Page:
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It rained the entire time we were in the city. By the time we reached the top of One World Trade center, I wasn’t sure we would be able to see anything at all. We timed it just right, though. Clouds moved in and out. Sometimes you could barely see the buildings right below us and then there were moments like these where you could see all the way to Times Square.

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Lindsey and I grew up listening to the Beatles. We spent hours listening to their music. It only made sense that we would visit the John Lennon Memorial in Central Park. Our teenage selves would never have forgiven us if we didn’t.

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A perfect way to top off the day. Sweeping views of the city, a fancy dinner and a glass of wine.

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We survived. It was an epic week long adventure and much needed reunion between friends. I can’t wait until next time!

What’s in a Name?

The holidays sneaked up on me this year, and with them a seemingly never-ending list of to-do’s. Much to my dismay, writing of any kind took a backseat to life. While I still managed to sneak in a few sentences here and there on Better to Pretend and continue to struggle with my work on a new piece, Solidity, not much for progress was made. Save a minor epiphany.

In a very vague nutshell, Solidity is a story about a ghost named Owen and a human named Jera and the relationship they build with one another. You can read the whole blurb here if you want. The idea for this story came from a single verse in a song I have heard a thousand times that has nothing to do with this story what-so-ever. For some reason, as I pulled up to a stop light while that song was playing, I tuned in just long enough and Solidity was born. Stories are funny that way. They are also funny in the way that sometimes they just won’t leave you alone. Not for two seconds.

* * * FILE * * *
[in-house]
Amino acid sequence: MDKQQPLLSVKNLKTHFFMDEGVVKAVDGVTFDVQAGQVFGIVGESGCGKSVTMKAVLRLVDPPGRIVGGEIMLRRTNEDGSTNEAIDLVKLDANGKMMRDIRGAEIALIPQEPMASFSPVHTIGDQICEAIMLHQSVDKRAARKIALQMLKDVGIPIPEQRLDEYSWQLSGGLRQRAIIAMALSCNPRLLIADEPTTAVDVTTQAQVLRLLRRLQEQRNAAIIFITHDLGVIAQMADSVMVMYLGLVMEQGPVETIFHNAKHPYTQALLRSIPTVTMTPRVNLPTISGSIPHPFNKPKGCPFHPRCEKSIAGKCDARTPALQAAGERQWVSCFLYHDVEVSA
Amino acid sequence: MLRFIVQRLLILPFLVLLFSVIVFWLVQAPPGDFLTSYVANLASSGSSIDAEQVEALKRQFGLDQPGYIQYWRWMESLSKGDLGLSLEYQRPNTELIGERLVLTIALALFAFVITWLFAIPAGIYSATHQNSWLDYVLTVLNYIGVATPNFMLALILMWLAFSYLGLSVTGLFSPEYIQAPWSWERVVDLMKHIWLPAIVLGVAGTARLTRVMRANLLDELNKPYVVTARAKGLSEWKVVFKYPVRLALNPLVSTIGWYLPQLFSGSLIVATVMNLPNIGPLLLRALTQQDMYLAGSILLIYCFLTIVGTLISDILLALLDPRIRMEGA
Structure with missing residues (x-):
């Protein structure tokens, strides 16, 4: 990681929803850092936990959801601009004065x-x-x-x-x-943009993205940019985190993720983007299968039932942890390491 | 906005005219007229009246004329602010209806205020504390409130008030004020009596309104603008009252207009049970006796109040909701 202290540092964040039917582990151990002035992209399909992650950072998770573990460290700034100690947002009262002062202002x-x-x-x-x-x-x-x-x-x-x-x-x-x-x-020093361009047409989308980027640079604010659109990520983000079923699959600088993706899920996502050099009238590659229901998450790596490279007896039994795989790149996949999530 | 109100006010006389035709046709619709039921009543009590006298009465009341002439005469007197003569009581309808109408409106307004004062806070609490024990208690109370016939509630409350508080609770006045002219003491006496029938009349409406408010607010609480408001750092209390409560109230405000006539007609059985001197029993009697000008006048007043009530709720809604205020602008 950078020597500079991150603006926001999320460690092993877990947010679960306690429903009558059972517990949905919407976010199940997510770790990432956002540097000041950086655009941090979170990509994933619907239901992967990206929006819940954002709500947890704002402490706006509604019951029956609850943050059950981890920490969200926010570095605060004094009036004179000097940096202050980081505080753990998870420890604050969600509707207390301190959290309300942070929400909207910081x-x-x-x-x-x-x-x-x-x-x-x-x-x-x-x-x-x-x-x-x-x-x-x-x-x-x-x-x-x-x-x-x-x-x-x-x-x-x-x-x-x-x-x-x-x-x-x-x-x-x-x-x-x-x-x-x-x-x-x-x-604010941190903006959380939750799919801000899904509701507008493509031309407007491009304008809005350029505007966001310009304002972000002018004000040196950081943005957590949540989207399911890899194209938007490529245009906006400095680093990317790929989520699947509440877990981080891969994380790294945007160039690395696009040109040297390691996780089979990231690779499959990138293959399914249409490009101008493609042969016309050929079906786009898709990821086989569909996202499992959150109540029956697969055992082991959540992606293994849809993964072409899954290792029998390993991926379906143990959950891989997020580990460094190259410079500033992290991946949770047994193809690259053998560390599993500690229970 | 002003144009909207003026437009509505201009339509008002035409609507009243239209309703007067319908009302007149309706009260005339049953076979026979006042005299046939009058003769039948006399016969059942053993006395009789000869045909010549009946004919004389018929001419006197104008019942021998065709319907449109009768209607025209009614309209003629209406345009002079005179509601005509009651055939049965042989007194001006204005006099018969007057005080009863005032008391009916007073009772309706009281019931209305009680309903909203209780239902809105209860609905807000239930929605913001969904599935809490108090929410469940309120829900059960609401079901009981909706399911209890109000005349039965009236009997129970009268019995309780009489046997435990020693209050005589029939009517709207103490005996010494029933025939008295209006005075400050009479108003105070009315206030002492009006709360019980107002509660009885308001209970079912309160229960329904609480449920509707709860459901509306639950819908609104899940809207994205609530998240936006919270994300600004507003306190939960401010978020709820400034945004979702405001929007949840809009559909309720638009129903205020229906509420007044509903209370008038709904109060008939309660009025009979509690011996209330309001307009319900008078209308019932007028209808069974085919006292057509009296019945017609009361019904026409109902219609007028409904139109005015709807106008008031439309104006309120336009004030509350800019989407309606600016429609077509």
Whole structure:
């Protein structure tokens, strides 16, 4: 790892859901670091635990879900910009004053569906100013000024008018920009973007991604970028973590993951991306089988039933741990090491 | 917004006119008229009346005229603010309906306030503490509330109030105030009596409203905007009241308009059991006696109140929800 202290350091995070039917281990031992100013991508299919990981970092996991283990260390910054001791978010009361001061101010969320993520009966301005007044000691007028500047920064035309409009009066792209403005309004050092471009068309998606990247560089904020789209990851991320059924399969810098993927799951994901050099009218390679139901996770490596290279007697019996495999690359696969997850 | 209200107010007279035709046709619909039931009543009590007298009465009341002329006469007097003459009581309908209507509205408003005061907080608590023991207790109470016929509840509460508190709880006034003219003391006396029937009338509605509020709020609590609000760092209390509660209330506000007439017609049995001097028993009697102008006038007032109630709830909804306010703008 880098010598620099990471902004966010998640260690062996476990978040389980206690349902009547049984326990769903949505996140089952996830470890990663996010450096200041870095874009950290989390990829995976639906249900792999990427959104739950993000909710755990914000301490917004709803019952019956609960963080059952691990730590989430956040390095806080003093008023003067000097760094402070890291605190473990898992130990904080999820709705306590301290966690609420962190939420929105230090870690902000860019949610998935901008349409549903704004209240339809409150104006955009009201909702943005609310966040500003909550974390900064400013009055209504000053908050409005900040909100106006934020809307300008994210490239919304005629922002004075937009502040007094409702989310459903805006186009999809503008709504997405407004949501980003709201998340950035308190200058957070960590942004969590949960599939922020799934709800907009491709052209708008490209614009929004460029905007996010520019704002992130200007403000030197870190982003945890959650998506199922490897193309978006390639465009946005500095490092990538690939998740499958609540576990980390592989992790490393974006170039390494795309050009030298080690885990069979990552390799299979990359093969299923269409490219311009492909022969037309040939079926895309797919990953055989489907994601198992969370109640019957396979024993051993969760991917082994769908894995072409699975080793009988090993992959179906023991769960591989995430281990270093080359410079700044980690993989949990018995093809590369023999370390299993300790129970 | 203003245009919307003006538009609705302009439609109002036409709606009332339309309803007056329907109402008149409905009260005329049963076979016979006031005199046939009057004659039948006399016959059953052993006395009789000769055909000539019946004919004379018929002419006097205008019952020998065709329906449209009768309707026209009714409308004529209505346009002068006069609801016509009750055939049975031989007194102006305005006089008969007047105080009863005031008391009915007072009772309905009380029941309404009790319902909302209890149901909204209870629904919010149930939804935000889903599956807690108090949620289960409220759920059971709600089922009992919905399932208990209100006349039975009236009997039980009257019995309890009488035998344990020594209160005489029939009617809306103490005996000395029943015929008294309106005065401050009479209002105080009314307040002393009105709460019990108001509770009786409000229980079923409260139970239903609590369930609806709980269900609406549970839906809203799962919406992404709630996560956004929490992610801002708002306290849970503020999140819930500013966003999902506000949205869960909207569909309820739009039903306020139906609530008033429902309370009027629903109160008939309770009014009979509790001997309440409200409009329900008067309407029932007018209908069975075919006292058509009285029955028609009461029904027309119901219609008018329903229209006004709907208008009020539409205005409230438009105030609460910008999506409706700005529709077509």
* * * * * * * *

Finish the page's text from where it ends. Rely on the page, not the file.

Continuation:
I wrote the blurb for Solidity shortly after the idea came to me and while I scrambled to prepare a proposal for a flash-residency opportunity. I originally intended the story to be written from the Owen’s perspective. It is very much his story and I wanted it to be his story alone – for many reasons, primarily of which was the idea of writing from a ghost’s perspective. I thought that was a pretty awesome idea… until I tried to write it. I have fought and fought with this piece and have written the start of probably six drafts that have all ended up in the trash. That is discouraging, to say the least. But still, the story persisted in my mind.

Eventually, I started thinking about Solidity from Jera’s perspective. She needed a back story and she needed a reason to come to the manor that Owen haunts. At one point, I considered writing from both Jera’s perspective and Owen’s… and shied away from it over and over again because I have read very few stories where I enjoyed two or more perspectives. And I was not confident in my ability to do it (little secret: I’m still not…). Then, one morning amidst the holiday season chaos when I finally had a few minutes to spend some time writing, I tried it.

And magic happened. Jera’s voice came to life.